Fly fishers like big foam flies because: a) they’re easy to see; b) they’re practically unsinkable; c) they don’t require fine tippets; and d) they work. Prospecting with them is easier than finding, stalking, and approaching a rising trout. How can all this be bad? My problem is that many of the flies look like they’ve been tied just to prove that a trout will eat a fly that looks nothing like a real food item. Should I care about this? Probably not. Do I care? It seems so. I wonder about the collateral damage this trend might be causing. Effectiveness often comes with some casualties. There’s less incentive to learn about trout entomology and fish habits, there’s less need to learn to cast well. And perhaps the biggest disincentive: When one method is used to the exclusion of others, it can stall a person’s development in the sport.
Let’s consider the fly-tying part of the equation. I believe that the quest for more imitative flies is what drove people like Schwiebert, Swisher and Richards, and René Harrop to learn about the creatures that fish eat, the way these creatures appear to the fish, and the way they behave in each stage of their lives.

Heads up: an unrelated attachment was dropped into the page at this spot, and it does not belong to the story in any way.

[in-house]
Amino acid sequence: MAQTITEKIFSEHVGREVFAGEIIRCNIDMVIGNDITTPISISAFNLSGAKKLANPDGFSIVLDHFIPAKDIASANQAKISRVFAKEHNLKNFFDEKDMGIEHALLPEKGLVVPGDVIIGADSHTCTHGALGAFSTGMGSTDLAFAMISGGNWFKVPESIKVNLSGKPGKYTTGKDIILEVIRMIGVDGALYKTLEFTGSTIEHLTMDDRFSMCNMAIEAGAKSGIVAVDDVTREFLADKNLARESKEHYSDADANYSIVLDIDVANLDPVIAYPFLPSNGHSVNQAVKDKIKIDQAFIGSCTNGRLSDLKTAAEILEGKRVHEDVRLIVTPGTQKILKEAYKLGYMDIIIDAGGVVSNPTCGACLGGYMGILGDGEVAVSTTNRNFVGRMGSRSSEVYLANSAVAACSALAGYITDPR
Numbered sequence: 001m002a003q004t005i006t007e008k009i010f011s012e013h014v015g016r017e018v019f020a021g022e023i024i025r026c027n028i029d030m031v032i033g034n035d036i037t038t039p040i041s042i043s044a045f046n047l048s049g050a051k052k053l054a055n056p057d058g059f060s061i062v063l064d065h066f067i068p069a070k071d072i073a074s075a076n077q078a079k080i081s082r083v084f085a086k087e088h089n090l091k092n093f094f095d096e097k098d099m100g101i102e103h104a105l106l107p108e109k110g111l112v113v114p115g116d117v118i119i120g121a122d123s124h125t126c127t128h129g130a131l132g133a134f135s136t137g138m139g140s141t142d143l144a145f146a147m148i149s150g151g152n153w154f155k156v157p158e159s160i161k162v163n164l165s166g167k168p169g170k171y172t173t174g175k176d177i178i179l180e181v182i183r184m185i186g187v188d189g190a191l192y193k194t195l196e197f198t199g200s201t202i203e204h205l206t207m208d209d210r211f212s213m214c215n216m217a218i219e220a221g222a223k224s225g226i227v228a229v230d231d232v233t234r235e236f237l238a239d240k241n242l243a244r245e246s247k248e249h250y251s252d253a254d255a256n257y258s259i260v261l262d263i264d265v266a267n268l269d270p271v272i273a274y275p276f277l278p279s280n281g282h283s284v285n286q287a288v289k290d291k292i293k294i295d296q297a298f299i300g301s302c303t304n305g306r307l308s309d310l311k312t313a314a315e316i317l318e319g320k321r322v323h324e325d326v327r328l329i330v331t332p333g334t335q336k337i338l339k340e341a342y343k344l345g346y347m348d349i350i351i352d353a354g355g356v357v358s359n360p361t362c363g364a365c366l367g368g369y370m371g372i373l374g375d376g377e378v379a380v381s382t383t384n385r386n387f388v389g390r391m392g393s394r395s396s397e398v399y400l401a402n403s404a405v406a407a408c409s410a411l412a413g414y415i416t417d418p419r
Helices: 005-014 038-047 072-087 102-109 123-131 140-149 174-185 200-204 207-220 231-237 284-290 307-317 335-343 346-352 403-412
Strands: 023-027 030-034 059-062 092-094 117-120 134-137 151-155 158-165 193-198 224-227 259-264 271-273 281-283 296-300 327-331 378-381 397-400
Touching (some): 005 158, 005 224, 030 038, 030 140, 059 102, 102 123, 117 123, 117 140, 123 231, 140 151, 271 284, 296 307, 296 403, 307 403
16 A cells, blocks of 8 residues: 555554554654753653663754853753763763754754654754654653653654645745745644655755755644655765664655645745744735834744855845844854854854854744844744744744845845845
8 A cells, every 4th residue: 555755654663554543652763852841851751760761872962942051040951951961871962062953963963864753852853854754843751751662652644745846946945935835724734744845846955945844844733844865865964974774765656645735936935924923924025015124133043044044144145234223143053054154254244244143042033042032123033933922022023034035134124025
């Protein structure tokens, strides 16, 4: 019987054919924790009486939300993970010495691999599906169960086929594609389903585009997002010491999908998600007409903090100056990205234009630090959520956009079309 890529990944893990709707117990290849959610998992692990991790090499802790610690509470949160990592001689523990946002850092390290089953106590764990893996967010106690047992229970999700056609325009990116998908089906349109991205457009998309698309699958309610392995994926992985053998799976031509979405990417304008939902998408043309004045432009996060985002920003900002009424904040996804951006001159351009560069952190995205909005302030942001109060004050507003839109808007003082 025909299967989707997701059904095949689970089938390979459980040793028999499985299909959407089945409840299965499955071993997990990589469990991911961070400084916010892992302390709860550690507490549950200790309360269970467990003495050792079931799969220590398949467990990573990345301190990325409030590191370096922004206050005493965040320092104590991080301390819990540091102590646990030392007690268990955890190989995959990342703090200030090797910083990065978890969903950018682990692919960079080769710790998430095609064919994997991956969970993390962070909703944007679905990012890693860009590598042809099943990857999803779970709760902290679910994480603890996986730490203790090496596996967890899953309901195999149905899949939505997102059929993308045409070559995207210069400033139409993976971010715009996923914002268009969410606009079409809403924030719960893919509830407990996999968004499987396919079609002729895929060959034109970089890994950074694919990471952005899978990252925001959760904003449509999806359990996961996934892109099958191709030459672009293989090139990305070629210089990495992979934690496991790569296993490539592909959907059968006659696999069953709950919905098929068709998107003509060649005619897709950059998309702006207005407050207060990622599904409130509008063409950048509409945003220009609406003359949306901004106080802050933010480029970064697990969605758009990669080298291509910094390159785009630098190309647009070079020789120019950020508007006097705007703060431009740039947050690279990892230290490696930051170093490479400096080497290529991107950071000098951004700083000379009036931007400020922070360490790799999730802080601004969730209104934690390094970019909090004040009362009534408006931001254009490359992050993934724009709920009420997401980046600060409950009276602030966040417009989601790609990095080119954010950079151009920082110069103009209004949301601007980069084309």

These people weren’t trying to find successful flies through random trial and error. Obsessed folks like Charles Brooks and Gary LaFontaine took extreme measures by going underwater with wetsuits and snorkels to see what the fish food looks like from down there, and to observe the way the fish respond to it. They wanted to learn, and this was one way they did it. This process spurred the creation of patterns like LaFontaine’s Emergent Sparkle Pupa, Brooks’s “in-the-round” nymphs, and the first trailing-shuck dry flies and emergers. Curiosity and observation have always been cornerstones of the fly-fishing process, and this kind of critical thinking makes them the natural progenitors of fly tying.